5 Things We Need To Teach Our Girls About Female Friendships

5 Things We Need To Teach Our Girls About Female Friendships

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Do you remember being a teenager or even a tween girl? At school. Those friendships? Those girls? Those troubles? I do. And now as I see mine and other friends’ kids get older, I’m seeing these issues all over again.

Female friendships can be amazing – but they can also be not-so-amazing, can’t they? Especially at school. They can be fraught. They can be mean. They can be nothing like we want them to be, and that can be hard.

So that got me thinking…what would I really want every tween or teenage girl to know about female friendships? Here are my top 5:

5. You don’t need a best friend; you need to be your own best friend.

I think this is true for all us – young or old. However, when we’re young, we often get sold the line of wanting or needing a best friend. Someone who is always there for you. Someone who stands by you. Someone who knows you. The only problem is that when you’re young and not sure of yourself, it can be difficult to be that person for someone else. So we can get let down by our best friends and we can let down others. So I don’t think we necessarily need  one ‘bestie’ or ‘BFF’. We can have a range of friends – and we can also be our own best friend.

4. Other people’s behavior is about them and not about you.

This is such an important one. We can take so much so personally, can’t we? We think someone is dissing us because we’re not cool. But no, they are dissing us because they don’t feel good enough about themselves. They’re trying to make themselves feel better. They don’t feel confident about who they are so they are bitchy about others. They exclude others to make themselves feel more special. We can’t interpret other people’s behaviour as always being about us. It is more likely to be about them.

3. Your feelings are about you and not about other people.

This one is equally important. If you feel upset or frustrated or angry or hurt that is telling you something about yourself. Yes, the trigger may have been someone else’s behaviour or being in a particular situation, but that other person or situation didn’t necessarily make you feel that way. We all make interpretations of what’s happening in our world, and that influences how we feel. Someone might diss us, but we don’t take any notice. We don’t care. But someone else might diss us and we feel incredibly hurt. What’s the difference? We’ve made a judgement. We’ve made a choice to ignore one person’s opinion of us, but fully own someone else’s. We have choices.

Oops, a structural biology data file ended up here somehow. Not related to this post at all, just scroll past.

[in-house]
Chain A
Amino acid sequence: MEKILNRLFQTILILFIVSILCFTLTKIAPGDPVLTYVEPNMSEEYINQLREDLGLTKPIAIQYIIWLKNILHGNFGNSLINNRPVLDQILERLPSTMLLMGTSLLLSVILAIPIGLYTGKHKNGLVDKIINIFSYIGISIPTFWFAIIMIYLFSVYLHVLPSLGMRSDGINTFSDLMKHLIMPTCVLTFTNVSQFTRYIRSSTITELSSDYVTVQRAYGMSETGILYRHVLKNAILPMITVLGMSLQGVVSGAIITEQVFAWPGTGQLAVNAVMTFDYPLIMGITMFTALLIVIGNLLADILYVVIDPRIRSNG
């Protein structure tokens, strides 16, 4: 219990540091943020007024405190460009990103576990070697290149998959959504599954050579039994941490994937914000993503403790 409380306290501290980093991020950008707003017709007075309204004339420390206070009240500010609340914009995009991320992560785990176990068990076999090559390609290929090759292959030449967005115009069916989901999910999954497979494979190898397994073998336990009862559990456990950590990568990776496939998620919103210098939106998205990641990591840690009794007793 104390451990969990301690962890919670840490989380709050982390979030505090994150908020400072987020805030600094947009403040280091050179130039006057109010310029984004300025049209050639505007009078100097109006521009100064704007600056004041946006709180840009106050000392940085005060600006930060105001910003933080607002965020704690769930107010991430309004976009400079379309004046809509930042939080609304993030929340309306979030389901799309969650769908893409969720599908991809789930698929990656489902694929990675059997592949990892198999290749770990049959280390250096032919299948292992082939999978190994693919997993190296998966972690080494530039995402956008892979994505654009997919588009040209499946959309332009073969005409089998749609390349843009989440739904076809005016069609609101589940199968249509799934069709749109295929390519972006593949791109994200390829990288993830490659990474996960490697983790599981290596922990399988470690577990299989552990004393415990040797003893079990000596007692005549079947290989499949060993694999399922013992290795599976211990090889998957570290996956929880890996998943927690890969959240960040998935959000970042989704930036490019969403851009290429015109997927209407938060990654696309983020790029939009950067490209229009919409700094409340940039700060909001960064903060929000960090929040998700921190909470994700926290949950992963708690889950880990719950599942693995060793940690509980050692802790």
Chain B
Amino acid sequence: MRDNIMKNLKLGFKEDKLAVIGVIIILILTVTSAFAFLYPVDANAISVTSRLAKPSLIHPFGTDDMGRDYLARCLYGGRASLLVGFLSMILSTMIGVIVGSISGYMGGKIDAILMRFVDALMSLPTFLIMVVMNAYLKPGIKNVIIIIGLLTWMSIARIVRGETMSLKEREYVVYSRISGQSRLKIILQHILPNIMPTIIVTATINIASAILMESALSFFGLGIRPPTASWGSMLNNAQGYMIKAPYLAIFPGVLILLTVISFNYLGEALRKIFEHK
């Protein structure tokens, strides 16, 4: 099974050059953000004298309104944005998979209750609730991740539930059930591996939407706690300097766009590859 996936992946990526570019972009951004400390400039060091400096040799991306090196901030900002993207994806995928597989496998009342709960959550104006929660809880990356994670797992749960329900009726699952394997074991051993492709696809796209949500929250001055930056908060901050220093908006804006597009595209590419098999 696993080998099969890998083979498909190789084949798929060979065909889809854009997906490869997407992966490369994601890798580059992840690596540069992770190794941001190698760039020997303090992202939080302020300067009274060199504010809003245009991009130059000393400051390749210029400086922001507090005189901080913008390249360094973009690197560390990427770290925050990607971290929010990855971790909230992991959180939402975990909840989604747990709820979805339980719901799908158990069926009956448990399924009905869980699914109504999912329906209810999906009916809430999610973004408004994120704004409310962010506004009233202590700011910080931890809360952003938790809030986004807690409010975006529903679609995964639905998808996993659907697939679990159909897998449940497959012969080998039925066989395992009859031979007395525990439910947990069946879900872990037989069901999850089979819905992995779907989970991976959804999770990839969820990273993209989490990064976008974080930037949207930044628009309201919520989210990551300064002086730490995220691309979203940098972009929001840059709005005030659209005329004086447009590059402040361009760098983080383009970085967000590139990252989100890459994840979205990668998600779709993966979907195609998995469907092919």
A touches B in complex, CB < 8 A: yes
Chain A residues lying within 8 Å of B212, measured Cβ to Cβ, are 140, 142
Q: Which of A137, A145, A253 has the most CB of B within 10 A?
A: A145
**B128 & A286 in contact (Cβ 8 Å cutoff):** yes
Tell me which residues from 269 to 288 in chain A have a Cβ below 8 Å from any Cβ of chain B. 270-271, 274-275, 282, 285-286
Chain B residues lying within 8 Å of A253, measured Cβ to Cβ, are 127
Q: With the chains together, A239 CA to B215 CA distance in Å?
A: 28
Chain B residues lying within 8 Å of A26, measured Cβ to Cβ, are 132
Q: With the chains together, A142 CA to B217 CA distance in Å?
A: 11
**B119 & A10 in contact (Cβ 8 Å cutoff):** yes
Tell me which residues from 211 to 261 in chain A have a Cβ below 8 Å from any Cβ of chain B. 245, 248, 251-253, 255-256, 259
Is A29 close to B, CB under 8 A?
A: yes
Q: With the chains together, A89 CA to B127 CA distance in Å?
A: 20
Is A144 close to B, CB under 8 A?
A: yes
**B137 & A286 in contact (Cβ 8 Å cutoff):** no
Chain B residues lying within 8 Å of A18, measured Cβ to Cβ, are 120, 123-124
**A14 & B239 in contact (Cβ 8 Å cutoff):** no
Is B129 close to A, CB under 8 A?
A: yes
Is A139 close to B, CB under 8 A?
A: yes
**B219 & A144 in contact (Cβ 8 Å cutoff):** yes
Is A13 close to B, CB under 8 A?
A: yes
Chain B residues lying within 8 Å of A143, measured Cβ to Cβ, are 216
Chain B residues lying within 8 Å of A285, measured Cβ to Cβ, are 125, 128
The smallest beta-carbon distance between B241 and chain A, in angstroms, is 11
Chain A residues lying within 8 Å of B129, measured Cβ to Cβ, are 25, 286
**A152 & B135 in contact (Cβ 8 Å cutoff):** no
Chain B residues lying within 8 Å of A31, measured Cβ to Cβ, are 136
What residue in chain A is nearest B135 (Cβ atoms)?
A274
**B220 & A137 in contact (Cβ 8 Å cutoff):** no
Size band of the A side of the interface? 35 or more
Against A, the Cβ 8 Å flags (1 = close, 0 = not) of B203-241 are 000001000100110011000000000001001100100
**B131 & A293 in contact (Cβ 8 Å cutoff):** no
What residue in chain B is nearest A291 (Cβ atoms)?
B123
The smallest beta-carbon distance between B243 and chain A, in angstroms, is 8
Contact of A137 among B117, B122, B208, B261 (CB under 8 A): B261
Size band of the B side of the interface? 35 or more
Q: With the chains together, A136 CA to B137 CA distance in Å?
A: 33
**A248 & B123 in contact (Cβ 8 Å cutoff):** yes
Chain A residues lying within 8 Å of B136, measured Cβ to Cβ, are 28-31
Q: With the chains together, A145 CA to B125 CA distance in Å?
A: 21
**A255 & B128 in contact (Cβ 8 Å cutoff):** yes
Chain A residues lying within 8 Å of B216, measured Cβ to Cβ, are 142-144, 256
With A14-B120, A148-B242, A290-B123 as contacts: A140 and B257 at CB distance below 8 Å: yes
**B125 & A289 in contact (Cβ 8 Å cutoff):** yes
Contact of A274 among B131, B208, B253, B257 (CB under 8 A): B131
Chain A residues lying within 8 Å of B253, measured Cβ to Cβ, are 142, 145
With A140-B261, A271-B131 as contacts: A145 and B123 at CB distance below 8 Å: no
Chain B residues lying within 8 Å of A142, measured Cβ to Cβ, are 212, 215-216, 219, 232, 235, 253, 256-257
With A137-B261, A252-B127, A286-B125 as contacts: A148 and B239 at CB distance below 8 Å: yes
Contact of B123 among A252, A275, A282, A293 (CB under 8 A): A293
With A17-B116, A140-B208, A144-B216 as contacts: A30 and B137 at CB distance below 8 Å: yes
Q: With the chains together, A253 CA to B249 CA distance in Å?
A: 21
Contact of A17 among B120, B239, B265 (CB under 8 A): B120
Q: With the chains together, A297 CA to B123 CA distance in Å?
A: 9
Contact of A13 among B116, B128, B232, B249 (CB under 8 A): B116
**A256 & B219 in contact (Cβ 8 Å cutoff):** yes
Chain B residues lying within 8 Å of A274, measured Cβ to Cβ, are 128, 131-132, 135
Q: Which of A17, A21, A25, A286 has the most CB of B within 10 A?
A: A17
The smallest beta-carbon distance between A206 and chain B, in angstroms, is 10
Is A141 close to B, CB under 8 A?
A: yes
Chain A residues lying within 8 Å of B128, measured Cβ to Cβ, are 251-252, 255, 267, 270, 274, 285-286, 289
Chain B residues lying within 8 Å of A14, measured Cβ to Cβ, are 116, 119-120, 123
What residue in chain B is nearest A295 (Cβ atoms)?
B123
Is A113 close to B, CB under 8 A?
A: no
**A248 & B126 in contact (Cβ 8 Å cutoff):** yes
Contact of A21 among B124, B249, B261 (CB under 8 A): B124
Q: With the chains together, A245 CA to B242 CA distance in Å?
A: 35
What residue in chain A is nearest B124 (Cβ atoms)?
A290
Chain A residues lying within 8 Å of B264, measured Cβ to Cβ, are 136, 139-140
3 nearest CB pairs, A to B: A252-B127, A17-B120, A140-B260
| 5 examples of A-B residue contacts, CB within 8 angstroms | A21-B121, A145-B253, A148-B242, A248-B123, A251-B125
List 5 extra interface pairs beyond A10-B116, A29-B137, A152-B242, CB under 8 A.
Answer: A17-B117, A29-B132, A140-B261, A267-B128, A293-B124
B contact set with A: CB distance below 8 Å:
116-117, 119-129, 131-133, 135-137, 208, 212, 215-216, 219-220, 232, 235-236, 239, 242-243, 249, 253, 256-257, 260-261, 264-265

2.We can be kind anyway.

When we are feeling dissed or excluded it can be hard. Absolutely. But we can be kind anyway to that person and more importantly, to ourselves. Because when you’re a tween or teenager and you’re not sure of yourself, you can make mistakes. Others can be mean or fake or un-thinking, but we don’t necessarily want retaliation – more meanness, fakery or thoughtlessness. Instead, we can try to be kind, have a big heart, and forgive. That doesn’t mean we have to be ‘besties’ or even remain friends with mean girls. But we can be understanding, which makes for a better overall vibe amongst the girl collective.abundance-on-the-beach-CC-simaje

What If There Is Proof Of Abundance Everywhere?

1. Having a bigger world than just your school friendships makes for a healthier life.

School can feel like a fish-bowl. A hot house. And if friendships aren’t going well at school, we can feel our whole world crumbling. So that’s why it helps to have a life that’s bigger than school. Other activities. Other relationships. Other friends. People who aren’t at school who we can relate to and hang out with. A bigger world means we won’t get caught in the school friend vortex quite as much. We can dip in and out.

Jodie Benveniste-Author photoNot all of these ideas are easy. But they can be practiced. And they can make a difference. What else would you want to teach girls about friendship?

Jodie Benveniste is a psychologist, parenting author, TEDx speaker, and author of four parenting books, including Intuitive Parenting: Unlocking the secrets to raising incredible kids. Visit her website at jodiebenveniste.com.

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COMMENTS

  1. What fantastic advice. My wife and I have 2 daughters and we have told them similar things, most especially No. 4. And this also applies to adult relationships. A person’s behavior is a reflection of their internal workings, and if they’re unhappy with themselves or feel lesser, they will make sure to take everyone down with them. I will also say this should not just be targeted to women — these issues are present in all individuals, though we men have our very own special problems as well and perhaps merit our own article!